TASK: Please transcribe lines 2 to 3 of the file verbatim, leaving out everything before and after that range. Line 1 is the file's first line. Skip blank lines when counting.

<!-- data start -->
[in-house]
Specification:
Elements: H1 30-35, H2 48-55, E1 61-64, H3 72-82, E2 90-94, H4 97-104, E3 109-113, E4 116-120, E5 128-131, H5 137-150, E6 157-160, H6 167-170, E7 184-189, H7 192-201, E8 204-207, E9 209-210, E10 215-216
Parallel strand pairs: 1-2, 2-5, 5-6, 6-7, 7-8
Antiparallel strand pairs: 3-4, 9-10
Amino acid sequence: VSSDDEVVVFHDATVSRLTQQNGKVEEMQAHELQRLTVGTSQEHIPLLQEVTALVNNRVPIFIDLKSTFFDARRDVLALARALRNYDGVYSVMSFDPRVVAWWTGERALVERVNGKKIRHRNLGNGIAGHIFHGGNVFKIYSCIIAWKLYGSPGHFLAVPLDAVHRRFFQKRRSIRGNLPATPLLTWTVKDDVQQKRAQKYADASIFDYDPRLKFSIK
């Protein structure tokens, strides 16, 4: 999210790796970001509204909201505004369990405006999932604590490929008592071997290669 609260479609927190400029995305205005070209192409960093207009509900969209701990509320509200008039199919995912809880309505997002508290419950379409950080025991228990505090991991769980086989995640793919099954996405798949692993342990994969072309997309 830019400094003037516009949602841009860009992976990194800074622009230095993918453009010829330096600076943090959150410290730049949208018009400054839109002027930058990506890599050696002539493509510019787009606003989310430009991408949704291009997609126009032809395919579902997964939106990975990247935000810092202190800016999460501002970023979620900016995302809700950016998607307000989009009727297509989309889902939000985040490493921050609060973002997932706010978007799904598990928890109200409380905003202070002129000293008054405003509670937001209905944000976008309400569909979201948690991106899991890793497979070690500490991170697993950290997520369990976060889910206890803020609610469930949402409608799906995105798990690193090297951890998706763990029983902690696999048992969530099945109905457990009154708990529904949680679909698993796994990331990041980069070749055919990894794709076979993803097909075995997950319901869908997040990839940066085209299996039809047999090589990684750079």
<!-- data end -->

Specification:
Elements: H1 30-35, H2 48-55, E1 61-64, H3 72-82, E2 90-94, H4 97-104, E3 109-113, E4 116-120, E5 128-131, H5 137-150, E6 157-160, H6 167-170, E7 184-189, H7 192-201, E8 204-207, E9 209-210, E10 215-216